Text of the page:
Sacred Maize against a Legal Maze

The Diversity of Resistance to Guatemala’s ‘Monsanto Law’


  • Liza Grandia University of California-Davis



Monsanto, Guatemala, GM food, maize, social movements


I chronicle here how a small country deled one of the world’s largest corporations and, in the process, reinvigorated civic hopes for a more democratic future. In the summer of 2014, massive mobilizations across Guatemala forced its legislature to repeal a plant varieties protection act, dubbed the ‘Monsanto Law’ that would otherwise have legalized genetically modiled (GM) crops in one of the few countries worldwide that prohibits them. Harnessing Raymond Williams’s distinction between residual/emergent and incorporated/unincorporated counter-hegemonies, I examine how diverse classes and interest groups articulated their opposition to the law through expressions of ‘moral economy’ across social media and news platforms. With respect to Guatemala’s indigenous majority, I explain how and why Maya leaders uncompromisingly regard GM corn as blasphemy through my prior cultural and historical research on the centrality of maize for indigenous economic survival, community cohesion, autonomy, and spiritual identity.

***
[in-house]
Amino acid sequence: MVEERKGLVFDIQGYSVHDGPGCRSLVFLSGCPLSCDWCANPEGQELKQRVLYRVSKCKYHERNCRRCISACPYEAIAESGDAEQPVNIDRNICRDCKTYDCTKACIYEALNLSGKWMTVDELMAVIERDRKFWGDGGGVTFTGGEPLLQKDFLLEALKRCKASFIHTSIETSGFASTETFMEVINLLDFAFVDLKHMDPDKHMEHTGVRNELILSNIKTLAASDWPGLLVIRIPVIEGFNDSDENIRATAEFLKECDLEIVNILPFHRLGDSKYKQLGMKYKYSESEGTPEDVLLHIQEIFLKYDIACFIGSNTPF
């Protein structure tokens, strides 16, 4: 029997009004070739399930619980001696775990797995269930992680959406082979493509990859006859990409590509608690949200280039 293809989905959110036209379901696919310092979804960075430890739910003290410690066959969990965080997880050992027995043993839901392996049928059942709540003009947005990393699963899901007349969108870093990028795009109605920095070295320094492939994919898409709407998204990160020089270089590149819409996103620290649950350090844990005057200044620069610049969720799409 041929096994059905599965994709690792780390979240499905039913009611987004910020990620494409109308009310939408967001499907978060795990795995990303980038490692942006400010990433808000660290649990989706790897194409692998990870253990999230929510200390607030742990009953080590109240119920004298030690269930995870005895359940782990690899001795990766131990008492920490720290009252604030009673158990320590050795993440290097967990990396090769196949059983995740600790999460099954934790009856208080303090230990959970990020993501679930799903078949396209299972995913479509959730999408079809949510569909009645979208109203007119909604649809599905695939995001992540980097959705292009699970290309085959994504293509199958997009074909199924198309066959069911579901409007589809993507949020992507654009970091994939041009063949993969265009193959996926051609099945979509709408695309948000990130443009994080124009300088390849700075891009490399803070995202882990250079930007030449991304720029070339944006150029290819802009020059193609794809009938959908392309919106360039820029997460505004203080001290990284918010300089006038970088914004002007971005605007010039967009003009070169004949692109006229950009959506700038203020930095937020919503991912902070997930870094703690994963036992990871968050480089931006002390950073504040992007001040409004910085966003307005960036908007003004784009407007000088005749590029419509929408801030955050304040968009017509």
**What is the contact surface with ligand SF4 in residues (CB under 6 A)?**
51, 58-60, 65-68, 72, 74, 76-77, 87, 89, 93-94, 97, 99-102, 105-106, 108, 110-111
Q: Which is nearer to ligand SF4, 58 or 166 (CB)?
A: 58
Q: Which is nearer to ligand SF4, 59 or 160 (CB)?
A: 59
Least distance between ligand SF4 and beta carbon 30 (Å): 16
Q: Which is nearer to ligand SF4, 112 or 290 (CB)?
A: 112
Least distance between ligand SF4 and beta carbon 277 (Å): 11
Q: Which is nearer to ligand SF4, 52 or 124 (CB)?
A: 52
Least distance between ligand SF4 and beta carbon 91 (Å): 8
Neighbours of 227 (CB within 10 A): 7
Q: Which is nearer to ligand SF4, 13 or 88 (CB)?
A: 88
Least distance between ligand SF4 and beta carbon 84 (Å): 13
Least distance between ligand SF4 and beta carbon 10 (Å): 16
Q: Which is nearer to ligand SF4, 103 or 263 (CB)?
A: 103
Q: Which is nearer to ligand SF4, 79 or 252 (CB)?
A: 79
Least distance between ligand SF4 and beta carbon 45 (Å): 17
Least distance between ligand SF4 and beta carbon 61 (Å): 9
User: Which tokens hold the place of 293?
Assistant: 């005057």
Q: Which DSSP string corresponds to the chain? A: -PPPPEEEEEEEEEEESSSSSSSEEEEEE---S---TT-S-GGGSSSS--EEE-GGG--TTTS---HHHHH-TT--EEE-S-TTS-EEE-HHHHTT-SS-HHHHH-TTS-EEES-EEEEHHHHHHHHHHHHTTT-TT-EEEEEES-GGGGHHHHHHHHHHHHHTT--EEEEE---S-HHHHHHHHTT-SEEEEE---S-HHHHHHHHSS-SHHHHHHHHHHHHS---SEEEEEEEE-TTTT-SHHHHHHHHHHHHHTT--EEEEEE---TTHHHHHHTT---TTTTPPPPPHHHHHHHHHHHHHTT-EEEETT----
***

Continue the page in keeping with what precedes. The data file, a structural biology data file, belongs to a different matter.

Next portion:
Author Biography

Liza Grandia, University of California-Davis

Associate Professor, Department of Native American Studies.



How to Cite

Grandia, L. (2017). Sacred Maize against a Legal Maze: The Diversity of Resistance to Guatemala’s ‘Monsanto Law’. Journal for the Study of Religion, Nature and Culture, 11(1), 56–85.